New Mexico State House votes in favor of Navajo Nation gaming compact
SANTA FE—It came down to the wire.
With the 2015 N.M. Legislative Session expiring on March 21, Senate Joint Resolution 19 passed in the House of Representatives by a vote of 61-5 earlier this evening.
The gaming compact now advances to Gov. Susana Martinez for approval before getting sent to the U.S. Department of Interior for final authorization.
Navajo Nation President Ben Shelly expressed appreciation for state lawmakers for approving the compact and not only saving thousands of jobs, but encouraging tribal economic independence.
Navajo Nation President Ben Shelly shows thanks after vote
“I want to say thank you to members of both the House and Senate for approval of this compact,” President Shelly said. “Gaming is independence and revenue for the tribes.
“Thanks are in order for the governor’s office as well, they worked hard on this compact alongside us,” he added.
Speaker LoRenzo Bates (Nenahnezad, Newcomb, San Juan, T’iistoh Sikaad, Tse’ Daa’ Kaan, Upper Fruitland) and council delegates Amber Crotty (Beclabito, Gadiiahi-To’Koi, Red Valley, Sheep Springs, Toadlena-Two Grey Hills, Tse’alnaozt’i’i’) and Tuchoney Slim, Jr. (Bodaway-Gap, Coppermine, K’aibi’to, LeChee, Tonalea-Red Lake) joined President Shelly in the rostrum.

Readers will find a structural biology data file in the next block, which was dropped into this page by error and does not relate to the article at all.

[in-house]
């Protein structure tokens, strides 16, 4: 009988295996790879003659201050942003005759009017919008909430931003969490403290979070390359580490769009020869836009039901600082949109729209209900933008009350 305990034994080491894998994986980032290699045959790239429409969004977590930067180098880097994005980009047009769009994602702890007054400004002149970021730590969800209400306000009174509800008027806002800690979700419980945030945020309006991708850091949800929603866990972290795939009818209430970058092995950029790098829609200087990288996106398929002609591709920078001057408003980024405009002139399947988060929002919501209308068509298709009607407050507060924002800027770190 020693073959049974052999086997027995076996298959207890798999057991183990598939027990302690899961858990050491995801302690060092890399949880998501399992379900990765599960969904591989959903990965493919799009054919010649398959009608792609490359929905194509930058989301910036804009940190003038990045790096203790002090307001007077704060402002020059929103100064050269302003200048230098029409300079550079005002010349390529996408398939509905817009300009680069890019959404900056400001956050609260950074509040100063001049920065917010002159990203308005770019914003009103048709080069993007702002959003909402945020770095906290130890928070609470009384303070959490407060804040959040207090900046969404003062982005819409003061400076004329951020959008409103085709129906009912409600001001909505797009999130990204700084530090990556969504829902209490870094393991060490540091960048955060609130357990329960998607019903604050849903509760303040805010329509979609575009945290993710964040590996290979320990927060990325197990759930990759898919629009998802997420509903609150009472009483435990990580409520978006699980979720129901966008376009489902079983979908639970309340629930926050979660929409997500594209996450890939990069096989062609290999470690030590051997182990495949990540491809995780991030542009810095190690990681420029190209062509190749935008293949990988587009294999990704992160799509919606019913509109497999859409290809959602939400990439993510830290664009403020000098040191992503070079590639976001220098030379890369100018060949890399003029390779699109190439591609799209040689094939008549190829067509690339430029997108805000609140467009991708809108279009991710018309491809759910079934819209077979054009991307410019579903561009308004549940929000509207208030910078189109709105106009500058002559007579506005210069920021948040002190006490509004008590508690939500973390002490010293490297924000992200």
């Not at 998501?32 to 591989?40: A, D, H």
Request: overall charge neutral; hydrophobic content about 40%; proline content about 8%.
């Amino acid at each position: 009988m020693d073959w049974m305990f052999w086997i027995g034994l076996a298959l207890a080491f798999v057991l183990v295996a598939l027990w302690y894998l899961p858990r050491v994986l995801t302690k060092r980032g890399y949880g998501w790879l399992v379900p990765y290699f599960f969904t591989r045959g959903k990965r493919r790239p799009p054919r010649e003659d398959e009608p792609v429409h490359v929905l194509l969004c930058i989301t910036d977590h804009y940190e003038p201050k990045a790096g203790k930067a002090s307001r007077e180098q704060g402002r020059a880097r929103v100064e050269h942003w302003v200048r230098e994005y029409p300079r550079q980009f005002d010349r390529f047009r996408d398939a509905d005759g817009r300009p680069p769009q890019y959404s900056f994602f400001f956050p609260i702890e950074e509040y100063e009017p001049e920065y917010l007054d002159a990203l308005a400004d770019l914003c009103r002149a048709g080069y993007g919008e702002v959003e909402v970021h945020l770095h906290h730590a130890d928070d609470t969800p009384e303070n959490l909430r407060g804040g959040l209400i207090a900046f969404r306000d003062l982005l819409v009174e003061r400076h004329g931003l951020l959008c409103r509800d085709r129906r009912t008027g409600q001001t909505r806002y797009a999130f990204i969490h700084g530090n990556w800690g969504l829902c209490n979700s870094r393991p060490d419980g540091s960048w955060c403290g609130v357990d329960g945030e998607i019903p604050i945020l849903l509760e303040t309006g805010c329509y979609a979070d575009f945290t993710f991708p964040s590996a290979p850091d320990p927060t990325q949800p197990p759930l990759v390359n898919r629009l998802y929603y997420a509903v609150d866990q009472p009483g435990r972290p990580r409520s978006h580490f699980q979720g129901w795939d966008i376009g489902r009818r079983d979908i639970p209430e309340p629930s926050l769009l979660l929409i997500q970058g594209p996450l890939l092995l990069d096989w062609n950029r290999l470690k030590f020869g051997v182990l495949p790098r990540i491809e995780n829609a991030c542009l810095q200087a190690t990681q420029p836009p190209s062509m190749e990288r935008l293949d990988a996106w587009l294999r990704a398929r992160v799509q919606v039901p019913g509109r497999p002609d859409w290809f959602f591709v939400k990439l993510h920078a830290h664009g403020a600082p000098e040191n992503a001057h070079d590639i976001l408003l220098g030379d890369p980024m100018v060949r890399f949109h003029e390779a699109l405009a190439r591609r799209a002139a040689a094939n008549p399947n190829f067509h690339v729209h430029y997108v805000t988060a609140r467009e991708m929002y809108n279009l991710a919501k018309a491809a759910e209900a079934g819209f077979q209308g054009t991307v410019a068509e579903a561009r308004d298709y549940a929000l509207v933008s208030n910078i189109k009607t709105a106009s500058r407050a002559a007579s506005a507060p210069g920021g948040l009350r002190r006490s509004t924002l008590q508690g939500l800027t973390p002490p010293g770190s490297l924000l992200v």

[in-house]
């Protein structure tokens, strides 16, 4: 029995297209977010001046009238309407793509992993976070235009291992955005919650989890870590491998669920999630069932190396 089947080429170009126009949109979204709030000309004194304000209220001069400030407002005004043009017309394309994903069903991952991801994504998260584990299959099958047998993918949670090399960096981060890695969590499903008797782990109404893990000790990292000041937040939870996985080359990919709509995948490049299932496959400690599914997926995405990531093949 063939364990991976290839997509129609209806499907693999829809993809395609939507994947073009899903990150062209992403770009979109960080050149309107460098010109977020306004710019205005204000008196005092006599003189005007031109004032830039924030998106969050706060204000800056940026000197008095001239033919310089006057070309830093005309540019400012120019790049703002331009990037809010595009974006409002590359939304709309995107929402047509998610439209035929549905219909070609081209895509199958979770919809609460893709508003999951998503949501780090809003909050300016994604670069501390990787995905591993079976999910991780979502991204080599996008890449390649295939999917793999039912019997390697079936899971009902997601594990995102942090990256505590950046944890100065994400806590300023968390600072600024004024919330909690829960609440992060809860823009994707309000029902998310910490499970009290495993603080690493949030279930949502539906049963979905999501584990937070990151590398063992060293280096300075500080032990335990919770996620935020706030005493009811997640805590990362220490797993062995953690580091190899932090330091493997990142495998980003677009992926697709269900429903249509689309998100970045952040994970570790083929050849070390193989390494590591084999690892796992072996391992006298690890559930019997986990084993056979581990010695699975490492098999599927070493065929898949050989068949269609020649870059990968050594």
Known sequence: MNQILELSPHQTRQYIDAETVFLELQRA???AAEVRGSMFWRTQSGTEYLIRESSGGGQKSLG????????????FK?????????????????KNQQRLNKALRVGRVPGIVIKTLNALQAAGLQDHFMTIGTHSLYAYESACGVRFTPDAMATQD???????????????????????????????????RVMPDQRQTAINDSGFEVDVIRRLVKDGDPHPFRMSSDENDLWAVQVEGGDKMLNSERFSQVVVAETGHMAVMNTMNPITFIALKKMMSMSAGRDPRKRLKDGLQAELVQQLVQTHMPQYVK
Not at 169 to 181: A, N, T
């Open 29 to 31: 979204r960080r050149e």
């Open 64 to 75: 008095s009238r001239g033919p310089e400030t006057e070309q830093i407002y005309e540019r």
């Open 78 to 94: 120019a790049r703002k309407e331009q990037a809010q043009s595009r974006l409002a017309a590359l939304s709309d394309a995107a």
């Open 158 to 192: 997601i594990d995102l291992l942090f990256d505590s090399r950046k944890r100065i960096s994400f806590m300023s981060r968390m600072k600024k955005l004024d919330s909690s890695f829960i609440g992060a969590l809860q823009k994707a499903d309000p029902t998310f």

Rep. Sharon Clahchischilliage (R-San Juan) introduced SJR 19 to the House floor.
She described the joint resolution as a good bill and said five tribes united over the past three years to craft the compact with Gov. Martinez’s office.
“The tribe’s casinos have created thousands of jobs for New Mexicans and brings in millions of dollars every year in revenue sharing to the state of New Mexico,” Clahchischilliage said.
Time was of the essence, she said, because current compacts expire on June 30 and non-approval of SJR 19 would cause severe economic setbacks for the tribes.
She reviewed the main provisions of the compact: increased revenue sharing, limits on the number of gaming facilities for tribes, the extended 22-year expiration date, new provisions for comps and participation in the state self- exclusion program.
Many members of the House rose and stood in support of the bill, including Speaker. Ken Martinez (D-Bernalillo, Cibola, McKinley).
He said the negotiations were a long and difficult process, especially after last year’s session that saw the Navajo compact stall in the Senate. The difference with the new compact is that the tribes worked together to create a compact in the interests of all.
“It affects everybody,” Martinez said. “I rise in strong support of this gaming compact.”
Rep. Debbie Rodella also rose in support of the compact on behalf of the Jicarilla Apache Nation.
She said in north central New Mexico, jobs are hard to come by.
“This compact will keep more than 200 people employed,” Rodella said. “It provides stability for the next 22 years.”